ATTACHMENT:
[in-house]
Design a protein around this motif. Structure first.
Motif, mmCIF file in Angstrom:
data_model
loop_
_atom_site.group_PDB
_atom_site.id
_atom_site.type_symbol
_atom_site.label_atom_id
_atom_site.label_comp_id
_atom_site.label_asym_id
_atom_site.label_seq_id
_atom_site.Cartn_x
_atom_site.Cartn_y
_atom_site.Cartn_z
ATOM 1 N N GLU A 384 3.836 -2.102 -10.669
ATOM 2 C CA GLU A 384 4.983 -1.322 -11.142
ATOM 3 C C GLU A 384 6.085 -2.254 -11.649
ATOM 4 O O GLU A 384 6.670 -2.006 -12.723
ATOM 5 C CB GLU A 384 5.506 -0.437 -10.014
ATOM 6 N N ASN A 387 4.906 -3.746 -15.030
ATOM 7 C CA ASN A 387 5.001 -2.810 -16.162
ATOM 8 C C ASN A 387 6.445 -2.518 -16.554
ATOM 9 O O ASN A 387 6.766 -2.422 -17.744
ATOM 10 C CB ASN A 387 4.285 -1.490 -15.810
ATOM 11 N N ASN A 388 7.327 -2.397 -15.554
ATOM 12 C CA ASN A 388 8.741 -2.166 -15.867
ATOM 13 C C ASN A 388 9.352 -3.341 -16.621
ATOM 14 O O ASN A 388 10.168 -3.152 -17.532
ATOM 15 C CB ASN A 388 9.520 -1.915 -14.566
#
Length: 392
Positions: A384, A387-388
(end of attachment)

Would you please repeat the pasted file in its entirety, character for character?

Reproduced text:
[in-house]
Design a protein around this motif. Structure first.
Motif, mmCIF file in Angstrom:
data_model
loop_
_atom_site.group_PDB
_atom_site.id
_atom_site.type_symbol
_atom_site.label_atom_id
_atom_site.label_comp_id
_atom_site.label_asym_id
_atom_site.label_seq_id
_atom_site.Cartn_x
_atom_site.Cartn_y
_atom_site.Cartn_z
ATOM 1 N N GLU A 384 3.836 -2.102 -10.669
ATOM 2 C CA GLU A 384 4.983 -1.322 -11.142
ATOM 3 C C GLU A 384 6.085 -2.254 -11.649
ATOM 4 O O GLU A 384 6.670 -2.006 -12.723
ATOM 5 C CB GLU A 384 5.506 -0.437 -10.014
ATOM 6 N N ASN A 387 4.906 -3.746 -15.030
ATOM 7 C CA ASN A 387 5.001 -2.810 -16.162
ATOM 8 C C ASN A 387 6.445 -2.518 -16.554
ATOM 9 O O ASN A 387 6.766 -2.422 -17.744
ATOM 10 C CB ASN A 387 4.285 -1.490 -15.810
ATOM 11 N N ASN A 388 7.327 -2.397 -15.554
ATOM 12 C CA ASN A 388 8.741 -2.166 -15.867
ATOM 13 C C ASN A 388 9.352 -3.341 -16.621
ATOM 14 O O ASN A 388 10.168 -3.152 -17.532
ATOM 15 C CB ASN A 388 9.520 -1.915 -14.566
#
Length: 392
Positions: A384, A387-388